Banks and other lenders have today confirmed that a further three-month extension to the current payment break will be made available to customers that continue to be directly impacted by the fallout from Covid-19.

Banking & Payments Federation Ireland said its members, which include AIB, Bank of Ireland, Ulster Bank, Permanent TSB and KBC Bank Ireland, have confirmed the extension.

It said that in light of the prolonged and deepening crisis, the extension will allow impacted personal and business customers a payment break of up to six months in total. 

BPFI's chief executive Brian Hayes said the confirmation of the extension is an important signal to those most affected by the fallout from Covid-19, be they mortgage holders, those with personal loans or SMEs.

Mr Hayes said that BPFI has had excellent engagements with the Central Bank on behalf it its members.

"We appreciate the pragmatic approach being taken across the board to the challenges facing those impacted by Covid-19", he stated. 

Over 65,000 mortgage payment breaks and over 22,000 SME payment breaks have been granted since the industry-wide payment breaks were announced on March 18.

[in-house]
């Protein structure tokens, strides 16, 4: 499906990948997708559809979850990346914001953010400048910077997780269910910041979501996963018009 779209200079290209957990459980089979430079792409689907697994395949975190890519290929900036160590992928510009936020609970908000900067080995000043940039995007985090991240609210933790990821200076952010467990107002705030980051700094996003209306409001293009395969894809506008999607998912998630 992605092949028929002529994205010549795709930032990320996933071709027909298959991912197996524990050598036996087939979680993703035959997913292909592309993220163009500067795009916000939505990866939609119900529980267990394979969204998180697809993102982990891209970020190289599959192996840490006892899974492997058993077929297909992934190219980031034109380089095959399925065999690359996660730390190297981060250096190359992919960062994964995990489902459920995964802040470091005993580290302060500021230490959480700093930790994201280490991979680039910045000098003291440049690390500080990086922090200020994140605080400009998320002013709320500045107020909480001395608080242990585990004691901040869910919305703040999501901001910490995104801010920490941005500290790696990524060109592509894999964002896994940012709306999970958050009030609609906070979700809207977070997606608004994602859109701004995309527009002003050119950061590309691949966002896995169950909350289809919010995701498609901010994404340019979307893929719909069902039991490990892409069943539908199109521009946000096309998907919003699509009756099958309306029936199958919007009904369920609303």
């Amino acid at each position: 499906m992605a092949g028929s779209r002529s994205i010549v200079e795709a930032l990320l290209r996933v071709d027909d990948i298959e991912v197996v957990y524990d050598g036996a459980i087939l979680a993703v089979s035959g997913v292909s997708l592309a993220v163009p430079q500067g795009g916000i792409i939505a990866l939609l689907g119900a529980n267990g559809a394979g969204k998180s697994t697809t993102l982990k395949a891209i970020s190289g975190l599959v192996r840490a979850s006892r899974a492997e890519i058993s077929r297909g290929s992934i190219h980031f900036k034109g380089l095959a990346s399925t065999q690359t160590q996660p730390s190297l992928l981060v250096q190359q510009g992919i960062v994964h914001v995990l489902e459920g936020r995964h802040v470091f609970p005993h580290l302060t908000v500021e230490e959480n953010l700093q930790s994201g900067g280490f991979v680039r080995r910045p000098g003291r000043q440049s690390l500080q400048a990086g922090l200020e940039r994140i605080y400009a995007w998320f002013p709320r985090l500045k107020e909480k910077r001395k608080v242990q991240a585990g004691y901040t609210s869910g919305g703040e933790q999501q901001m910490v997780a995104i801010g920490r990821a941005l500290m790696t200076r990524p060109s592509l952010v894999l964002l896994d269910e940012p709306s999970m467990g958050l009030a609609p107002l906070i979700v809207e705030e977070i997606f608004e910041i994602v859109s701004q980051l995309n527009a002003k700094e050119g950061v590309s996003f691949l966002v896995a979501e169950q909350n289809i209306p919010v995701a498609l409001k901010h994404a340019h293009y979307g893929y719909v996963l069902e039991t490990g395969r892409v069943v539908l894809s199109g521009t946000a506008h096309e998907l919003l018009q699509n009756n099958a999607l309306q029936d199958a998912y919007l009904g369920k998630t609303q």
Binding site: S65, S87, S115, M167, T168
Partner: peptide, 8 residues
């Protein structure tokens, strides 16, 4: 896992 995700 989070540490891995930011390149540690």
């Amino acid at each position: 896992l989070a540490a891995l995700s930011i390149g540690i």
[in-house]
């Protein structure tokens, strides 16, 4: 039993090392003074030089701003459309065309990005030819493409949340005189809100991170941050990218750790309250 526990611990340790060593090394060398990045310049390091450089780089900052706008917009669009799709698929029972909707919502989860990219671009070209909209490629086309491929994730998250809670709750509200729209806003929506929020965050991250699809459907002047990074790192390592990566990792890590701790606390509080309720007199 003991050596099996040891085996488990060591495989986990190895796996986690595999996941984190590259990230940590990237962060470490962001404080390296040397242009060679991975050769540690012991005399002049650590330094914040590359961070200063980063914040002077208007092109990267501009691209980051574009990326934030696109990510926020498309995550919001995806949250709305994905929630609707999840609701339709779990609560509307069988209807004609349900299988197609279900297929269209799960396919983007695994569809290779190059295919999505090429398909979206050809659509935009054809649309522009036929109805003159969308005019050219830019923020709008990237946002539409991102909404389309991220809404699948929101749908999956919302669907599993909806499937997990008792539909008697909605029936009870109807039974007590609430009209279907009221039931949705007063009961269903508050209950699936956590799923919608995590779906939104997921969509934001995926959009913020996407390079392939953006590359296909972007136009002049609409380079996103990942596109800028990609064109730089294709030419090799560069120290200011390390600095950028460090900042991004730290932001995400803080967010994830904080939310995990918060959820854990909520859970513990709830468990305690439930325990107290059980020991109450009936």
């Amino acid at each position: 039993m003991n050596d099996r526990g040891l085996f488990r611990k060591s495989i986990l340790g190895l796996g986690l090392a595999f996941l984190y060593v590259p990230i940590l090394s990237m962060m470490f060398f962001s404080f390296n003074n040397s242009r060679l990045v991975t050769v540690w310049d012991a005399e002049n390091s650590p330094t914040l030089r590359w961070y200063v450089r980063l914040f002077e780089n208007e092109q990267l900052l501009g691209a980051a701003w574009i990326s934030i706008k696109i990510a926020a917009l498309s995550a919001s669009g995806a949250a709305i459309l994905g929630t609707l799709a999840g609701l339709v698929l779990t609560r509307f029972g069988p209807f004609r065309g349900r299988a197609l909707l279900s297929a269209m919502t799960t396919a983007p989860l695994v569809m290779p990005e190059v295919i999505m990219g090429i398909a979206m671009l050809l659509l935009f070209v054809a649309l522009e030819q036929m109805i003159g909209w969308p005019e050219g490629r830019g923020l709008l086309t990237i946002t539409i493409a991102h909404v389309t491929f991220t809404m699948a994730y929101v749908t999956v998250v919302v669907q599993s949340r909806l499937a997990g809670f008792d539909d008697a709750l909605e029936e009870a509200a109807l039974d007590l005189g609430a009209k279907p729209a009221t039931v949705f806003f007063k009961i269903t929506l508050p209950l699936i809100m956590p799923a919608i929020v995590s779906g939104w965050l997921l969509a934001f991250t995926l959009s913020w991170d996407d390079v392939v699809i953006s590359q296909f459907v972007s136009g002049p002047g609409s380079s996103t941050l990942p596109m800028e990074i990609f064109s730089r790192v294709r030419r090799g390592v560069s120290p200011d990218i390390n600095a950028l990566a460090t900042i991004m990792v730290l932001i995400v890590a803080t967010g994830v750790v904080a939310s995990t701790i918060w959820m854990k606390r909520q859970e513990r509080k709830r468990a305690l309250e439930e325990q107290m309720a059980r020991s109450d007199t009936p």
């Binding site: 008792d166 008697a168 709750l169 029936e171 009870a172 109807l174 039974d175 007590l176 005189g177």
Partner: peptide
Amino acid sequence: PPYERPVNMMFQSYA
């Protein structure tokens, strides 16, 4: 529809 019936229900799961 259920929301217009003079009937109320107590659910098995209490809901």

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Mr Hayes said that the existing public health measures put in place by Government, aimed at mitigating the impact of Covid-19, have been extended since the original BPFI announcement of payment breaks up to three months. 

"These measures may need to remain in operation for some time or may only be lifted gradually with an unknown impact on the economy going forward," he said. 

"BPFI members strongly appreciate the severity of the impact on families, individuals and businesses and it is for this reason, that we believe an extension of the existing payment break beyond three months may be required by many customers," he added.

He said that banks and lenders will contact customers who have availed of payment breaks over the coming weeks and months about the possibility of extending this break. 

Mr Hayes said that customers do not need to contact their lender. 

The Central Bank said said it noted the decision by Banking and Payments Federation Ireland members to extend the offer of breaks for another three months.

The regulator added that if a borrower avails of a six month payment break, it will not be identified on their credit report recorded on the Central Bank Credit Register.

It also said it is working with lenders to ensure the extensions operate in borrowers' best interests.

The bank said it expects that at the end of the agreed payment break, borrowers who can return to full repayments will be given the option to either repay the loan within the remaining term or extend the term of the loan.

"The impact of both options on the overall cost of credit and monthly repayments should be fully explained to the borrower," it said.

It also said that it expects that lenders will ensure that borrowers who want to exit a payment break at any stage are offered appropriate sustainable solutions, including forbearance, and that they will engage with customers.